Mini Review Open Access
Microbial Interactions in the Yoghurt Consortium: Current Status and Product Implications
Sander Sieuwerts*
Research Scientist, Arla Foods Strategic Innovation Centre, Rørdrumvej 2, 8220 Brabrand, Denmark
*Corresponding author: Sander Sieuwerts, Research Scientist, Arla Foods Strategic Innovation Centre, Rørdrumvej 2, 8220 Brabrand, Denmark, Tel: +4587466703; Fax: +4586281691; E-mail: @
Received: May 25, 2016; Accepted: July 11, 2016; Published: July 14, 2016
Citation: Sieuwerts S (2016) Microbial Interactions in the Yoghurt Consortium: Current Status and Product Implications. SOJ Microbiol Infect Dis 4(2): 1-5.
Abstract Top
The metabolic potential of the fermenting microbial culture influences the characteristics of fermented products, but the extent to which this occurs depends on environmental factors and the microorganism's interactions with its environment. It is therefore not possible to simply translate gene content to product characteristics and this is particularly the case when cultures are consortia of microorganisms influencing each other. The yoghurt consortium, consisting of Streptococcus thermophilus and Lactobacillus delbrueckii subsp. bulgaricus, is mainly characterized by mutualistic interactions between the two species. This review provides an updated overview of these interactions, based on the latest insights, and their impact on fermentation and product characteristics. Finally, some leads are given on how to use modulation of interactions as means to alter product characteristics.

Keywords: Streptococcus thermophilus; Lactobacillus delbrueckii subsp. bulgaricus; Mutualism; Yoghurt; Proteolysis; Exopolysaccharides
Microbial interactions in food fermentations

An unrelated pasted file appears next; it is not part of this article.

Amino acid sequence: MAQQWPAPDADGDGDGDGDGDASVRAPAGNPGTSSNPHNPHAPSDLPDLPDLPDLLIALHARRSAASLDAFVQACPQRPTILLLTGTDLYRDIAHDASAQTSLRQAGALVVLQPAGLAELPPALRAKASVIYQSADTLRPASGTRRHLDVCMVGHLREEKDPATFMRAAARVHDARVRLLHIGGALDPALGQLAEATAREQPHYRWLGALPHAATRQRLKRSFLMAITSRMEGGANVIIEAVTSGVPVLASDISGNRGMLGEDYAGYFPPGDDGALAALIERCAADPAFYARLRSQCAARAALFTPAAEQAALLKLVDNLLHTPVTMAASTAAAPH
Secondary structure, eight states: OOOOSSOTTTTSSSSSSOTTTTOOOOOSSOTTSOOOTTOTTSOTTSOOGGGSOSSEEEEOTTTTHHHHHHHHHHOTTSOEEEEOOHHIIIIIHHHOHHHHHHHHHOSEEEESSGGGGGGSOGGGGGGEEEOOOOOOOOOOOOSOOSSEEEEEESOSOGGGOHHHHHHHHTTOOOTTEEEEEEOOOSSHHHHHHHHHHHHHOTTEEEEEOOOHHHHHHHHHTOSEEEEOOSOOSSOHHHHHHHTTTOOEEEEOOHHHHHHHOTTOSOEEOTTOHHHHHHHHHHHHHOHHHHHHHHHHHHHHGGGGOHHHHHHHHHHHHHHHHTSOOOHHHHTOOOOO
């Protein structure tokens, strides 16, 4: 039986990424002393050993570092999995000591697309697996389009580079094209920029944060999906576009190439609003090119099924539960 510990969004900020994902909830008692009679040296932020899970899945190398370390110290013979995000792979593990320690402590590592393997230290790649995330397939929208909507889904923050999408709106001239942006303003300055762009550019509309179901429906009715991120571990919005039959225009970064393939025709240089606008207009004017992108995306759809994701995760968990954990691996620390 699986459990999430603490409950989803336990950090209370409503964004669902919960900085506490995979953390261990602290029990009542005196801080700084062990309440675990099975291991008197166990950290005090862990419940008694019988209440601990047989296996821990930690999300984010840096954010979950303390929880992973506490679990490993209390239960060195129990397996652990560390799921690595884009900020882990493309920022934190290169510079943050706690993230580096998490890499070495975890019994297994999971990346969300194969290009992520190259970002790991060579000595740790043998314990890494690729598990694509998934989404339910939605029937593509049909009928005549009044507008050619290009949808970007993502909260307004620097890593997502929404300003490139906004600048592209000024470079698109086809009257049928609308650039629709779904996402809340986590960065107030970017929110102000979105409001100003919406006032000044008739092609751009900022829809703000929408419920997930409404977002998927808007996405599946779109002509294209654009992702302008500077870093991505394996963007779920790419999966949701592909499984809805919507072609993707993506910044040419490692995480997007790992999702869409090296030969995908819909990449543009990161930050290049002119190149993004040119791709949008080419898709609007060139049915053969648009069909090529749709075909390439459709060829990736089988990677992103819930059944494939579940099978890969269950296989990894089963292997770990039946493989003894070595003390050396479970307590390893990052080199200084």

Fermentation is a process in which a carbon source is dissimilated by microorganisms yielding energy and without net oxidation. The major end products of this fermentation by microorganisms are generally alcohols and organic acids, such as lactic acid, acetic acid and propionic acid. Many food products are fermented or contain a component of fermentation in the production process. Food is fermented for many reasons. These reasons include improved microbial stability, resulting in shelflife extension and higher safety, improved sensoric properties, and increased availability of essential nutrients either as result of production by the microorganisms or by improved digestibility of the raw material [1]. The metabolic potential of the fermenting microbial culture will thus have a huge impact on the exact characteristics of the fermented product. This metabolic potential is captured in the microorganism's genes, but to what extent the metabolism affects the product properties very much depends on environmental factors such as temperature, micronutrient availability, oxygen pressure and pH and on the microorganism's interactions with its environment. It is therefore not possible to simply translate gene content to product characteristics. Moreover, by far most cultures applied in food fermentations are microbial consortia consisting of multiple species and/or strains, where the consortium members affect each other by various modes of interaction. The intermicrobial interactions may be (i) direct communication via signaling molecules, (ii) labor division by growth factor exchange, or (iii) effects induced by changed physico-chemical properties of the environment or production of inhibiting compounds [2,3]. These interactions can have a positive, neutral, or negative influence on both the effector and the target, making it possible to classify them based on their mutually beneficial and detrimental effects on fitness [4]. There are six main classes: neutralism, amensalism, competition, commensalism, parasitism and mutualism (Table 1). It must be noted that in a competitive and mutualistic relationship both microorganisms are effector and target at the same time, where in the others there typically is one effector and one target.